Tyhee. (Tybee). Barque, 271 tons. # 43216. Reg. Sydney, 1862. Captain G. Jackson. Inward bound from Newcastle, aground near Swan Spit, Port Phillip, but escaped destruction, 17 April 1863. [LR],[WPP],[WPH]

United. Brig. Stranded near Port Phillip Heads, 20 July 1854. [WPP]

Uralba. Hulk. Sank at Footscray, Melbourne, 5 May 1960 [LV],[WPP]

Valentine. Schooner. Struck by the lighter Eolinn during a storm that battered many vessels at Geelong, 20 July 1854. [WPP]

Van Gallan. Type not recorded. Assisted the ship Sacramento, lost on Point Lonsdale, Port Phillip, 1853. [LR]

Vanguard. Vessel type not recorded. Stranded Popes Eye, Port Phillip, 30 October 1863. [WPP]

Venus. Schooner. Capsized due to being overloaded with firewood, Port Phillip, 21 October 1855. The master was saved but his wife and child died.  [LV],[WPP]

Venus. Steamer, tug, 80 tons. Destroyed by fire in Hobsons Bay, Port Phillip, 13 September 1861. [LV],[WPP]

Veralum. Coal hulk. Sank in the Yarra, Melbourne, 4 October 1923. [LV],[WPP]

Veritas. Swedish barque, 748/672 tons. # 79513. Built Helsingborg, Sweden, 1876 and known then as the Verutas; reg. Melbourne 1880. Captain Goransson.. Struck rock off Point Nepean, Port Phillip Heads, 27 January 1879. Towed to melbourne by the tug Resolute, repaired and returned to service.  [LR],[WPH]

Vesta. Paddle steamer. The first iron steamer built in Melbourne.
In 1846, attempted salvage on the grounded cutter Tasman without success, Port Phillip. [AS1]
On 13 October 1847, stranded in the Yarra, Victoria. [WPP]
On 29 January 1855, involved in collision with steamer Hercules, Port Phillip Heads. [LV]
In 1864, involved in collision with vessel Empress, Hobsons Bay, Port Phillip. [LV],[WPP - records vessel as Express]
In 1864, rescued crew of capsized schooner Melbourne, Port Phillip. [LR]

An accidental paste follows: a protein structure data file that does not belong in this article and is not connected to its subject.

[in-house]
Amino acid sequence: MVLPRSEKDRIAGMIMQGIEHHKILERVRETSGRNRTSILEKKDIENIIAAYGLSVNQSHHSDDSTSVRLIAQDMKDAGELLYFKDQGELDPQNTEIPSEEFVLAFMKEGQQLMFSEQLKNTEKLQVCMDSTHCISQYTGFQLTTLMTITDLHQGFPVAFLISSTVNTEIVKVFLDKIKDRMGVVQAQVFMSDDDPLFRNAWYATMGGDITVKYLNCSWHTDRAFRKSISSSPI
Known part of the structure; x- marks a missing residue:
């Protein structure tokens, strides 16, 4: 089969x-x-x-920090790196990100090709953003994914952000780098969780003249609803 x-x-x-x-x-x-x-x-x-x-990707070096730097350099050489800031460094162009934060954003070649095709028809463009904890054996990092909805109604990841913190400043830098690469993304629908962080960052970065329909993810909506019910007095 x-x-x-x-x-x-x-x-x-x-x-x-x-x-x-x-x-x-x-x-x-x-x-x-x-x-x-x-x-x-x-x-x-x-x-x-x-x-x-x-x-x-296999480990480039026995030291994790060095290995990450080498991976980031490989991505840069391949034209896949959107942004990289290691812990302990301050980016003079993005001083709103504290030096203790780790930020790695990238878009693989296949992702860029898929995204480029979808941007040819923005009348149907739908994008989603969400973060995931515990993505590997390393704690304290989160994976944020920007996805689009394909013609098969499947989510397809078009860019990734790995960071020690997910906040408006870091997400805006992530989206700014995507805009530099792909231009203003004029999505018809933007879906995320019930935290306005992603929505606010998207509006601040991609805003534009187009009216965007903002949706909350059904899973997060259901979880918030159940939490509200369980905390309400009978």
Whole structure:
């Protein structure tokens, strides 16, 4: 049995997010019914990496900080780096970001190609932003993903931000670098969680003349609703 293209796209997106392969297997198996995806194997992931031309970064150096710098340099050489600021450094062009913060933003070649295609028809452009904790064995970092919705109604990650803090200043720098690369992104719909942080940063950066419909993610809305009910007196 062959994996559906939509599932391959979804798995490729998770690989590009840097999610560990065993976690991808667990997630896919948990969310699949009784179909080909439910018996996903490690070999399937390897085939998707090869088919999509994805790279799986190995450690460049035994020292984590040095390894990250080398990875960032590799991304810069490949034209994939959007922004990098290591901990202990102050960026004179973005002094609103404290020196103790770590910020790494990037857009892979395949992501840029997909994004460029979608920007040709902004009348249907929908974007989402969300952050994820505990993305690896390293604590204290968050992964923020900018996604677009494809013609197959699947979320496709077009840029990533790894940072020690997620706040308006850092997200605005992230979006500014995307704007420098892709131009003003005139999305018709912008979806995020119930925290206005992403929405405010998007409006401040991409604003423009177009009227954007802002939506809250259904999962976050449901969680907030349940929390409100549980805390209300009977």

VH B53. Steel hopper barge. Scuttled in the ships graveyard, off Port Philip heads, 19 February 1971. [NSF]

VH B54. Steel hopper barge. Scuttled in the ships graveyard, off Port Philip heads, 17 December 1970. [NSF]

Victoria Packet. While entering Port Phillip under Captain Moffat, struck Point Lonsdale reef but floated free, and with a disabled rudder and full of water, stranded in Swan Bay, 25 November 1853. Towed to Melbourne for repairs. [LR],[LV],[WPH - master E.A.Peacock]
On 30 July 1857, stranded at Swan Spit, Port Phillip. [WPP]

Victoria. Lighter. Struck by the steamer Despatch at the entrance to the Yarra River, Port Phillip, July 1873. The lighter was at fault when she changed course, and although badly damaged was repaired.  [WPP],[LV]

Victoria. Steamer, steel, pilot vessel, 333 tons. Built at Williamstown, Port Phillip, 1900. Lbd 150.8 x 24.3 x 12.6 ft. Broken up 1957. [LSS]
In 1928, two men who had put out from the vessel to pick up the pilot were nearly lost when their open boat was swept out to sea. [LV]
In 1948, stranded at Western Port, Victoria. [LG]

Victoria. Steamship, 193 tons. Built 1858; reg. Melbourne. Broken up Melbourne, August, 1895. [ASR]

Victoria. Wooden schooner, 25 tons. # 40920. Built Singapore, 1854; reg. Melbourne 1855. Destroyed by fire, Napier Street Pier, Footscray, Melbourne, 5 April 1890. [WPP],[LV],[ASR]

Victorian.  Steamer, 986/769 tons. Built on the Clyde, 1876 for the Adelaide Steamship Company on the Melbourne-Adelaide run. Burnt at Port Jackson, 1885; and converted into a coal hulk in 1895. Towed to sea and scuttled in the ships graveyard, off Port Phillip heads, Bass Strait, 8 May 1925.  [WL], [LV],[NSF],[DG]

Victory. Barque, 548/470 tons. Built Glasgow, 1846; reg. Glasgow. Out from Glasgow, 106 days,  with fifty passengers, stranded on Victory Shoal, near Point Lonsdale, Victoria, 15 August 1850. After throwing some cargo overboard and discharging the remainder into lighters, she was towed off and taken to Melbourne for repairs. The lighters Diana and Governor Arthur, SS Aphrasia, the schooner Apollo, and tug Vesta assisted.  [LR],[LO],[AS1 - ship],[WPH],[LPH - 352 tons]

Vivid. Barque, 238, Melbourne, 1870. Converted into hulk at Melbourne, 1894. [ASR]

W. J. Taylor. Ketch, 44 tons. Built Melbourne, 1884. Captain McLeod. Inward bound from Western Port with eight passengers and a crew of three, ashore, wrecked, on Point Lonsdale, Port Phillip Heads, 26 December 1894. No lives lost. [LO],[LR],[ASR],[LPA],[LPW],[WPH]